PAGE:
The ‘sniffer dog’ device detects illicit chemicals through a visual sequence of coloured dots

A technological ‘sniffer dog’ prototype device invented by a Cranfield University expert in collaboration with a European team, is set to feature in a new exhibition which brings together art and chemistry. 

Dr Licia Dossi, Senior Lecturer in Defence Chemistry, contributed to the development of CRIM-TRACK technology that can support the fight against organised crime and terrorism and contribute to global security. The ‘sniffer dog’ device quickly detects illicit chemicals through a visual sequence of coloured dots. The technology is being incorporated into a new exhibition, Valency - a hybrid exhibition bringing together the fields of art and chemistry, which launches at the APT Gallery in London on 23 November.

Quick and accurate tool could replace sniffer dogs

CRIM-TRACK uses a colorimetric technique which detects the vapours given off by illicit chemicals through the change of colours appeared in a microchip containing dyes. The pattern, revealed by an algorithm developed by the team, indicates which chemicals have been identified.

Dr Dossi worked with the Technical University of Denmark and Crimtrack Aps to develop CRIM-TRACK and says: “Our technology can detect trace quantities of drugs and explosives as well as the chemicals needed to make these. The device we have invented is cheap, easy to use and quick to give results – so it has great potential as a tool for customs officers, police and other agencies who need to detect substances quickly.”

CRIM-TRACK could replace sniffer dogs in airports and be used in security settings where quick and accurate detection of chemicals is key. For instance, for law enforcement agencies the device could be an effective tool for controlling trafficking of criminal substances. The technology uses highly advanced disciplines including organic chemistry, engineering, machine learning, micro fabrication and hardware technology, and signal processing techniques.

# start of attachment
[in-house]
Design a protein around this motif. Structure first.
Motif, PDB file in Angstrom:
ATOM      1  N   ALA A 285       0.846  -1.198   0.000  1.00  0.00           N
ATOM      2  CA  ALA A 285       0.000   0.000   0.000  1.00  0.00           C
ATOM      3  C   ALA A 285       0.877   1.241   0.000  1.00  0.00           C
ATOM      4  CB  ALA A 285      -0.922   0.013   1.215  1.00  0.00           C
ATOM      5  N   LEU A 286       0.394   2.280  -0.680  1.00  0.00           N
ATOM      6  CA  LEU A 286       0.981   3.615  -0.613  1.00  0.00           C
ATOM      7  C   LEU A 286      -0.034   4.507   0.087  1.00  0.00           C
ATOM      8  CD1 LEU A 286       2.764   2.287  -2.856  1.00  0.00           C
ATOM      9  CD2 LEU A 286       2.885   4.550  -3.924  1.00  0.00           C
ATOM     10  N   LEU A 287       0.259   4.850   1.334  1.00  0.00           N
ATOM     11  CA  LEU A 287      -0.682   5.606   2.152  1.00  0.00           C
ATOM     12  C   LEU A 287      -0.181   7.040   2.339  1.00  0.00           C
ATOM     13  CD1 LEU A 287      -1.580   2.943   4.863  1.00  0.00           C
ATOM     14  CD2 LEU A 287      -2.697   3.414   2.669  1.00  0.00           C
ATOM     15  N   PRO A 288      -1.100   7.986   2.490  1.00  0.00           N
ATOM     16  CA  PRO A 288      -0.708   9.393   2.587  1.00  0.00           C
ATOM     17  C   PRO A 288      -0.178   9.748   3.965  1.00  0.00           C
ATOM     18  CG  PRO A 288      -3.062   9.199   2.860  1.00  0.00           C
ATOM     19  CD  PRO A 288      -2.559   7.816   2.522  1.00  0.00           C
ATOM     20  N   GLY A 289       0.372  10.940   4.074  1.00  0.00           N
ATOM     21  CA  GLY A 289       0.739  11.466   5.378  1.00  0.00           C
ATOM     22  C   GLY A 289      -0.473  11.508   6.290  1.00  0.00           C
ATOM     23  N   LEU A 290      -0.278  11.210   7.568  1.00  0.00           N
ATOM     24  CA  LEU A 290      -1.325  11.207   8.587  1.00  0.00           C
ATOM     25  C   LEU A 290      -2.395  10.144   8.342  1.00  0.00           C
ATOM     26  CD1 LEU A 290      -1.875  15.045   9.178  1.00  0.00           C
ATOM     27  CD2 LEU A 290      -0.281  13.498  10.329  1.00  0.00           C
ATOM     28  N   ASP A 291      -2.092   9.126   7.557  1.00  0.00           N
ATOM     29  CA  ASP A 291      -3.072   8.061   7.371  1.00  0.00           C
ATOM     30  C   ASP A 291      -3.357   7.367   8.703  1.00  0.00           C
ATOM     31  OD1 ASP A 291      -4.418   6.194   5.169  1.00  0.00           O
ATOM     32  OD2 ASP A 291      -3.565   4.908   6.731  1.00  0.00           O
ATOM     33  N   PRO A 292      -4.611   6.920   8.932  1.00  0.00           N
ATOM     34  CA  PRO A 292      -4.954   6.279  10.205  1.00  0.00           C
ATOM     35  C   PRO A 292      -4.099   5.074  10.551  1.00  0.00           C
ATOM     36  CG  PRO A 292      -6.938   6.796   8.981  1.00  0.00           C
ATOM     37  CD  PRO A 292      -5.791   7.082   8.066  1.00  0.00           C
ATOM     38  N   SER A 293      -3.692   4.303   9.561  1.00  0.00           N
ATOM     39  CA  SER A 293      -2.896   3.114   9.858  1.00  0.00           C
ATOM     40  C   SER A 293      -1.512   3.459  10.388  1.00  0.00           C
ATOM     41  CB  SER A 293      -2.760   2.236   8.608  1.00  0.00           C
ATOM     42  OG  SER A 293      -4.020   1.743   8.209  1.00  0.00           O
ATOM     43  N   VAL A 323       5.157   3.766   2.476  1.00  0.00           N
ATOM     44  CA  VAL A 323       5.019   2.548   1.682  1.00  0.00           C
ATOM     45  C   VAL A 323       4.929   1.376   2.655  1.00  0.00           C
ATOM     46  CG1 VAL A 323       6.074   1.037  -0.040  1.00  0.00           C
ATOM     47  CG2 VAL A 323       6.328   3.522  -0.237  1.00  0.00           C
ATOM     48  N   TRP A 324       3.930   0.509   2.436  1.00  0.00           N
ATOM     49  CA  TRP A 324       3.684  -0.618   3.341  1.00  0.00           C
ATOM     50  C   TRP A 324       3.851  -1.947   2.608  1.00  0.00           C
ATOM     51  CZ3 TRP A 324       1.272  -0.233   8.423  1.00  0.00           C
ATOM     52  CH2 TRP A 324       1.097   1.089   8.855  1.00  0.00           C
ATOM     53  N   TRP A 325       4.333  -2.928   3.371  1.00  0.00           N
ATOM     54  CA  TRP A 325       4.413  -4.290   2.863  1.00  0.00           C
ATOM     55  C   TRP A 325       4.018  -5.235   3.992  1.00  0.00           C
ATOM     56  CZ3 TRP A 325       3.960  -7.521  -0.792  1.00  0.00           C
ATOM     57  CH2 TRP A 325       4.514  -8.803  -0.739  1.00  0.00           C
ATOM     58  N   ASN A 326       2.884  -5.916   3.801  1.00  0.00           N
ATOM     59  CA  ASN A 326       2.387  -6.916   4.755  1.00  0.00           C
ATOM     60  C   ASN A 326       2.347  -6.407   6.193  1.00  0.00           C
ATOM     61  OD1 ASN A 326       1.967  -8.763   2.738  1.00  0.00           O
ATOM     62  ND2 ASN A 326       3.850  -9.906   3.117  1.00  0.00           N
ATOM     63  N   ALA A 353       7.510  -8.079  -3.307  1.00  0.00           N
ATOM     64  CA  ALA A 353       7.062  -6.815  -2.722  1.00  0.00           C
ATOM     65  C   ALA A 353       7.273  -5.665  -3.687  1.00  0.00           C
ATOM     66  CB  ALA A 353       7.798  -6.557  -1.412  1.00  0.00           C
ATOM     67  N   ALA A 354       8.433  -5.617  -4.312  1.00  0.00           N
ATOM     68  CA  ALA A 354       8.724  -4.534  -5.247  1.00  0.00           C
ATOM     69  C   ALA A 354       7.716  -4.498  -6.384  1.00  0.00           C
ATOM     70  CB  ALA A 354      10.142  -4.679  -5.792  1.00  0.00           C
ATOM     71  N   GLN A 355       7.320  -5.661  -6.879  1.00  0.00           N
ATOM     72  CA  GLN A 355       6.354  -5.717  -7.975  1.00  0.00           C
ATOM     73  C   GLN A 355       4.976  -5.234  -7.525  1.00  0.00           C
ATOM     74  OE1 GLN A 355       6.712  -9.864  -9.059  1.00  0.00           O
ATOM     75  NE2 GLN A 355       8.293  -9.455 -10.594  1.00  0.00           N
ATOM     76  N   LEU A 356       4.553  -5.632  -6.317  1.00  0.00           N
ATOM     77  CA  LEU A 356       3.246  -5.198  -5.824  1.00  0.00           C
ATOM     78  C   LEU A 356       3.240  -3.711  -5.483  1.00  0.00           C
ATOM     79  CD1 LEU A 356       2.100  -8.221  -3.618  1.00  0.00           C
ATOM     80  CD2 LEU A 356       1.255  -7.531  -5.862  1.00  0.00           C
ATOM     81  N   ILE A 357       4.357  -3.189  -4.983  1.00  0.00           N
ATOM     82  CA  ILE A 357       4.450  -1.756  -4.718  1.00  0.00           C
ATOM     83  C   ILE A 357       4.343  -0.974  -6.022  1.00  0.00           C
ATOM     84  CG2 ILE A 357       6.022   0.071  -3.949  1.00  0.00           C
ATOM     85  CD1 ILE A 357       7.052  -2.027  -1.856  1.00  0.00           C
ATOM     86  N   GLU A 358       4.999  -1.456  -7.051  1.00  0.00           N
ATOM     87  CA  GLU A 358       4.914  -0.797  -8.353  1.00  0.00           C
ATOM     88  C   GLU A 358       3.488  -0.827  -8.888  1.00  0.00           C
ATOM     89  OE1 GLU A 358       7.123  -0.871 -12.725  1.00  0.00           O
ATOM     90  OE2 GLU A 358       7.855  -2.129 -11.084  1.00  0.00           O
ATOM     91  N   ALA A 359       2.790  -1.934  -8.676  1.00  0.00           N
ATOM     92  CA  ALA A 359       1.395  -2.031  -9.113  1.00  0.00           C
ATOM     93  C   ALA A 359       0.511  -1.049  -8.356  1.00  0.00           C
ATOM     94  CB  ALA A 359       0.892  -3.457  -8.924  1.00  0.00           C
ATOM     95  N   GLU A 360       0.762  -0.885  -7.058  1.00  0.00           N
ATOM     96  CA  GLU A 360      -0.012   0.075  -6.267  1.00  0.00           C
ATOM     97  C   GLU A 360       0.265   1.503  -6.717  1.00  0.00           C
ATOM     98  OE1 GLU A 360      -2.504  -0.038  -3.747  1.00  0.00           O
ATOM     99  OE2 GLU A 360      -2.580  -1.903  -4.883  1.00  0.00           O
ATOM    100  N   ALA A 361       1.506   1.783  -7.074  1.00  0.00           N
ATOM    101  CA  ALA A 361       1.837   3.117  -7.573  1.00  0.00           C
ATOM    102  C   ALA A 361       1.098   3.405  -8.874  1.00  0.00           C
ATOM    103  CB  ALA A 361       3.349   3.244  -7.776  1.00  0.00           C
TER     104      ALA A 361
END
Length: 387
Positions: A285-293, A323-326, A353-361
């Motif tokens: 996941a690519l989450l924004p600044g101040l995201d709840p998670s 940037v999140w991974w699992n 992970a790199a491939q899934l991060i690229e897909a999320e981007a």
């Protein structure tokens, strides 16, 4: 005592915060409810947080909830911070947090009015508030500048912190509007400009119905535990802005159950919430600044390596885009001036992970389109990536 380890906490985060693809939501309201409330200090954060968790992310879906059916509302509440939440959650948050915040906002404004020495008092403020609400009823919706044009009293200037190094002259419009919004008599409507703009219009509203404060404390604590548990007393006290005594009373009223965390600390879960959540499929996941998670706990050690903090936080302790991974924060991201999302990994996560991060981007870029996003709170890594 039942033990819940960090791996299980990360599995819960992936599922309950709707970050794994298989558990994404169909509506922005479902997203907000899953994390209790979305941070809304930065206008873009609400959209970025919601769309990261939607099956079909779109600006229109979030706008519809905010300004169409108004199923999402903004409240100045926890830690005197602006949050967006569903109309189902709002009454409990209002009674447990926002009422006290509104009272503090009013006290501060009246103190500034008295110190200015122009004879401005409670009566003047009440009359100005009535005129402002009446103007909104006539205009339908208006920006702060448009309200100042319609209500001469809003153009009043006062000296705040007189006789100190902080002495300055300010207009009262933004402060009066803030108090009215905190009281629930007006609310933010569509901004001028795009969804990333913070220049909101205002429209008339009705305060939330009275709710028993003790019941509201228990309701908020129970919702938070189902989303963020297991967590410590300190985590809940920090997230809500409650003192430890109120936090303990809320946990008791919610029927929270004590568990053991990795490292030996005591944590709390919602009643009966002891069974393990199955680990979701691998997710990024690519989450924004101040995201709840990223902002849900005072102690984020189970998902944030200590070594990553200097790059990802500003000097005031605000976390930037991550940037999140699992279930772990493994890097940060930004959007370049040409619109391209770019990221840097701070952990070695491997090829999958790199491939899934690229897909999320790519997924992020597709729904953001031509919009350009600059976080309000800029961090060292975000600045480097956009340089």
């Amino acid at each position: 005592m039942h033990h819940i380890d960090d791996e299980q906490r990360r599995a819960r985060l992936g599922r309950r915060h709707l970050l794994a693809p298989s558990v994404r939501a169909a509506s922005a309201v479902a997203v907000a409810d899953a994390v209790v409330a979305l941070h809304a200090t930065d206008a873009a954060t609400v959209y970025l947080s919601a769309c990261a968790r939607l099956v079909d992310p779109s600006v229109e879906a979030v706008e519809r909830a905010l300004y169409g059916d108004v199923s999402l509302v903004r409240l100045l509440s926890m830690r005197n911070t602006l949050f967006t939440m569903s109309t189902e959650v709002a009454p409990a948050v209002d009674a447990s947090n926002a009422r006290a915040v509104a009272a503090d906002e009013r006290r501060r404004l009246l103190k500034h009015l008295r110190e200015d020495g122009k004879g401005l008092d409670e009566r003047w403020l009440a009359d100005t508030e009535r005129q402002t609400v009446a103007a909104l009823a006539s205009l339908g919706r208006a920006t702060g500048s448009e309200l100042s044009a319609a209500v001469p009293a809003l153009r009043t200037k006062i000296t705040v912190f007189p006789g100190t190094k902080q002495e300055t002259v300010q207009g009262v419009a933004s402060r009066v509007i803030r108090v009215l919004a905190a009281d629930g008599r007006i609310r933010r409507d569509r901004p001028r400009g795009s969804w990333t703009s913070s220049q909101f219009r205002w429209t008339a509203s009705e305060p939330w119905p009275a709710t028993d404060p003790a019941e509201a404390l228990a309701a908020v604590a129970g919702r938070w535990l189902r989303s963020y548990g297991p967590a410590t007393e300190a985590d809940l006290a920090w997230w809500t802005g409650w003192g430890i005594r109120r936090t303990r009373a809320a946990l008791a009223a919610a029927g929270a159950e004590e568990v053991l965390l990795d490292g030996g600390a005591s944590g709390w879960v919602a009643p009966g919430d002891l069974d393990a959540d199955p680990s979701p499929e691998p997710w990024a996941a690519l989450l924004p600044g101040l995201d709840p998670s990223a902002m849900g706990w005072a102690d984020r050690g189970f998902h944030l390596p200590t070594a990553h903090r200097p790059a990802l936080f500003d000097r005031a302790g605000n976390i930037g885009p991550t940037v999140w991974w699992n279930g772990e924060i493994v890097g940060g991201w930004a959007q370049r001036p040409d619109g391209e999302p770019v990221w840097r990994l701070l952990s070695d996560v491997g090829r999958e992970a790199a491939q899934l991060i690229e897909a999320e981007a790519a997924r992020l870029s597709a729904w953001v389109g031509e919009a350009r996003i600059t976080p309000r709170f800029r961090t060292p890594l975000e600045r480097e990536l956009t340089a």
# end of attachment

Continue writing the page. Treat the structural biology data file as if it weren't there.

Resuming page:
Chemistry of Colours Exhibit

The Valency exhibition brings together diverse participants creating an artistic ‘chemical reaction’ within the audience’s imagination.

Cranfield’s art installation features a video showing an enhanced view of the coloured dyes changing colour, along with a 3D molecular dog displaying a real microchip on its nose. In the hub area of the exhibition there will be a video explaining how research at Cranfield University has helped develop the dyes which are used to make a microchip sensor. All the exhibition materials are designed by the Cranfield Defence and Security Team.

Exhibition curator Paul Malone said: “Research chemistry and contemporary art practice are often perceived as distant relatives occupying unique fields. Many of the experiments in chemistry are derived from observations of natural phenomena and then seen to be explored within the closed environment of the laboratory. Artists follow a similar path in the studio; although each has its own set of protocols. From an historical perspective both chemistry and art have been associated with magic, alchemy and the manufacture of unique compounds.”